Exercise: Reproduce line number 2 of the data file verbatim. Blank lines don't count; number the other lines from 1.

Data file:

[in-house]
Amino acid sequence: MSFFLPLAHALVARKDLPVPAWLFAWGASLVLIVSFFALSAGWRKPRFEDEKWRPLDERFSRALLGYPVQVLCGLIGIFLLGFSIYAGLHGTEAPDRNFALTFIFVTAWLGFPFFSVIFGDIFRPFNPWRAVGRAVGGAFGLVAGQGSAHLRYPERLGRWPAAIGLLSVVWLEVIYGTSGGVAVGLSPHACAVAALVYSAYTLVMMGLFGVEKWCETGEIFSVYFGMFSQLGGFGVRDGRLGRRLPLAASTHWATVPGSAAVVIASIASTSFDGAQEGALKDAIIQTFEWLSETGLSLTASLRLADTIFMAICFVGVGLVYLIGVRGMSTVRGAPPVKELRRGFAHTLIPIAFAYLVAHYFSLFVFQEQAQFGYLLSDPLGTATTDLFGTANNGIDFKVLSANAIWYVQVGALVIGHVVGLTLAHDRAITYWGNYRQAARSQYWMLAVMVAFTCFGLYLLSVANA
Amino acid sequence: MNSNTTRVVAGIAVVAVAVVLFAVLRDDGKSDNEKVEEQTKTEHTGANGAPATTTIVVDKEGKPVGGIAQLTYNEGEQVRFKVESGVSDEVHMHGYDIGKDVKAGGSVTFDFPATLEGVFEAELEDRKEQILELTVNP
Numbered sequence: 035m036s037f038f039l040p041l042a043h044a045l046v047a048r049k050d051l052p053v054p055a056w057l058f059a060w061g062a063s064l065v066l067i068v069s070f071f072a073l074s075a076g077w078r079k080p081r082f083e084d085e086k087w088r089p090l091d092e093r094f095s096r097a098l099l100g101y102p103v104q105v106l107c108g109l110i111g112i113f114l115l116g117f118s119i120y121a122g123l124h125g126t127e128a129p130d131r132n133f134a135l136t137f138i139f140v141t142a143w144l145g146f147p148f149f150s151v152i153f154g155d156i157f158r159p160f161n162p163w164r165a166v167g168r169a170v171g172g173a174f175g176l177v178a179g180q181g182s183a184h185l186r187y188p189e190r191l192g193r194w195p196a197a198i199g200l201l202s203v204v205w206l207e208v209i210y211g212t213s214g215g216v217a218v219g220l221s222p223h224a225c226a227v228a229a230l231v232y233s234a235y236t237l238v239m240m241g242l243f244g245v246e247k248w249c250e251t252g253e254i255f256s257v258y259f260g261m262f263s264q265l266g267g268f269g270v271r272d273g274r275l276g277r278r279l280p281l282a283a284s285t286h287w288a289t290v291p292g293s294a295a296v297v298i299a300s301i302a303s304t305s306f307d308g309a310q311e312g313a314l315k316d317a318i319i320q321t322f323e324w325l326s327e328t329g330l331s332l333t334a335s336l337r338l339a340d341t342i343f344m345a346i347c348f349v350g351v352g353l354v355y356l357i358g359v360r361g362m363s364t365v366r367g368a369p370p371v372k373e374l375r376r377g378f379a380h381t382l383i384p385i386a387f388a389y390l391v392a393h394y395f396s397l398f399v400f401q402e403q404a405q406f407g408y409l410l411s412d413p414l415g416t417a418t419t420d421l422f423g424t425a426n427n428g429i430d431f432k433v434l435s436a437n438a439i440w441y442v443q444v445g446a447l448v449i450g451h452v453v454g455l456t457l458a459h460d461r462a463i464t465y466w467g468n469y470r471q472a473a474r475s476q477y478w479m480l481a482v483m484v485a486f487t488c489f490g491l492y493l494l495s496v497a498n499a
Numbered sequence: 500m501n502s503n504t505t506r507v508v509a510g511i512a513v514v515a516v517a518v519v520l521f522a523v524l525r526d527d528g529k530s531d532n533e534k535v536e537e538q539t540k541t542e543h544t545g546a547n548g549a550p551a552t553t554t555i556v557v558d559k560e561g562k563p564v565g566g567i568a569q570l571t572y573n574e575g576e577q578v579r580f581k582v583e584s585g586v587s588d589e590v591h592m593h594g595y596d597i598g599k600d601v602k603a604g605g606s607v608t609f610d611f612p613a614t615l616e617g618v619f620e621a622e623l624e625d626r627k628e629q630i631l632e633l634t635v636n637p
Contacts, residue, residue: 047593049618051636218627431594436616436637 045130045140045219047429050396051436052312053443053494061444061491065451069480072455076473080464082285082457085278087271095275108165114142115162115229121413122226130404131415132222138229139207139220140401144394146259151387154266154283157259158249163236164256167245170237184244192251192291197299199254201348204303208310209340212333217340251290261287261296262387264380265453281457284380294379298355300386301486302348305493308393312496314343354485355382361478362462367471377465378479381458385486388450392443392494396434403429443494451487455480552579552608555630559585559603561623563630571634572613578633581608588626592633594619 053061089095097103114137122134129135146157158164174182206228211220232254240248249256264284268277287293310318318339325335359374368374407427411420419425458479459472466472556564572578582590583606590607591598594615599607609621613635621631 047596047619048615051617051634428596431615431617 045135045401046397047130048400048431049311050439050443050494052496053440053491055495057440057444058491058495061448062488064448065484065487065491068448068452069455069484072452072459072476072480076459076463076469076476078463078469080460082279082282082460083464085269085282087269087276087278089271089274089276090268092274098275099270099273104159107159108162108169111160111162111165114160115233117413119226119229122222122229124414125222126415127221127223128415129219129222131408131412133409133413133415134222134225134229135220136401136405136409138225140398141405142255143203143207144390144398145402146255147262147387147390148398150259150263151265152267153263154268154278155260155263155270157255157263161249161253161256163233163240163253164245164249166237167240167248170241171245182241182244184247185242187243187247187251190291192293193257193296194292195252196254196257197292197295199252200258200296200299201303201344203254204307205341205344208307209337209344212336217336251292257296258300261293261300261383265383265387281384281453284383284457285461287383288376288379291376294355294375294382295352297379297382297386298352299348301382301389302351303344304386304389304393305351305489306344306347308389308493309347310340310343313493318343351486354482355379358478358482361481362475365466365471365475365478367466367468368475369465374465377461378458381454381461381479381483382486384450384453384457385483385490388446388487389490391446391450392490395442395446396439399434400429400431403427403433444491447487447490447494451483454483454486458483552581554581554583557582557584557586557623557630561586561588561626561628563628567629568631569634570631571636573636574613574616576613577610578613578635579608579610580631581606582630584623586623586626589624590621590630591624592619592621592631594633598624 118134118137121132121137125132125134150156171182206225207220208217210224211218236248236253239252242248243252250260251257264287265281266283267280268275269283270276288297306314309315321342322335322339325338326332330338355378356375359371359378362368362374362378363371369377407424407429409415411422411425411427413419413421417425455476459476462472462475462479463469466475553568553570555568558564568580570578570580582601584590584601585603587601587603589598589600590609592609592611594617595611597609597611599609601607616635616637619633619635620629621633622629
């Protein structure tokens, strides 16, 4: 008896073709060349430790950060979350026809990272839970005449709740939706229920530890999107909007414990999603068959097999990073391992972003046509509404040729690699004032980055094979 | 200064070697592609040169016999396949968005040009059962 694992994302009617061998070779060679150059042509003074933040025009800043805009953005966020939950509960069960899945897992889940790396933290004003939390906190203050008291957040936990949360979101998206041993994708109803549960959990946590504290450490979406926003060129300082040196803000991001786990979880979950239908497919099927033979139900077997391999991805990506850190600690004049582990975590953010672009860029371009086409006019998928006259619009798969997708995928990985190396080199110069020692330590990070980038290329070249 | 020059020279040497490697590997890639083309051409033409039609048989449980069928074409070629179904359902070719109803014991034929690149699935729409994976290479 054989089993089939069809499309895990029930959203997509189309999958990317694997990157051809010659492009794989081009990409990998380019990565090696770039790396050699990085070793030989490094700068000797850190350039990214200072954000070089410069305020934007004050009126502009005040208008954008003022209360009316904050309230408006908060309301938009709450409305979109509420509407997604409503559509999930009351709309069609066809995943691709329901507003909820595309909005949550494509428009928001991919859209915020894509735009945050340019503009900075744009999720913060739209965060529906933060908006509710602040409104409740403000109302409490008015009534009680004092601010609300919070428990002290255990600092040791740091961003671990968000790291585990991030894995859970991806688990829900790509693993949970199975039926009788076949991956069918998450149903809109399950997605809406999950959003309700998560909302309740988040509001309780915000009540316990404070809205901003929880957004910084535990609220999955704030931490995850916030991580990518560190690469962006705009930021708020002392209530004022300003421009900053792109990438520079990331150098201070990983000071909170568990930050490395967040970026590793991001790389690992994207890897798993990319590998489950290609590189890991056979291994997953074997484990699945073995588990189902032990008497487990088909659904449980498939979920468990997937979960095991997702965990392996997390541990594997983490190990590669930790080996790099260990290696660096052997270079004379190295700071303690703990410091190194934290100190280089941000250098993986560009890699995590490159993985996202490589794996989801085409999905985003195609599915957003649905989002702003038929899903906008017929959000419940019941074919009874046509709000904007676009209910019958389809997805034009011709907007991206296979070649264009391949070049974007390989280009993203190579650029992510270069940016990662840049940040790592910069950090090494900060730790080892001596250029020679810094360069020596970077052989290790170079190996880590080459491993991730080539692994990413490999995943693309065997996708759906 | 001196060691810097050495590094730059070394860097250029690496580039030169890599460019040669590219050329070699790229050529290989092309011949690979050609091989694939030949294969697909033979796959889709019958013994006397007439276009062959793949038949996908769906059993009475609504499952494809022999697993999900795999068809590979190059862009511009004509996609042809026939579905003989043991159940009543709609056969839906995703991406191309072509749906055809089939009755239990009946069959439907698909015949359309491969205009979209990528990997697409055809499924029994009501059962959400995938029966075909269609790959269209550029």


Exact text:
Amino acid sequence: MSFFLPLAHALVARKDLPVPAWLFAWGASLVLIVSFFALSAGWRKPRFEDEKWRPLDERFSRALLGYPVQVLCGLIGIFLLGFSIYAGLHGTEAPDRNFALTFIFVTAWLGFPFFSVIFGDIFRPFNPWRAVGRAVGGAFGLVAGQGSAHLRYPERLGRWPAAIGLLSVVWLEVIYGTSGGVAVGLSPHACAVAALVYSAYTLVMMGLFGVEKWCETGEIFSVYFGMFSQLGGFGVRDGRLGRRLPLAASTHWATVPGSAAVVIASIASTSFDGAQEGALKDAIIQTFEWLSETGLSLTASLRLADTIFMAICFVGVGLVYLIGVRGMSTVRGAPPVKELRRGFAHTLIPIAFAYLVAHYFSLFVFQEQAQFGYLLSDPLGTATTDLFGTANNGIDFKVLSANAIWYVQVGALVIGHVVGLTLAHDRAITYWGNYRQAARSQYWMLAVMVAFTCFGLYLLSVANA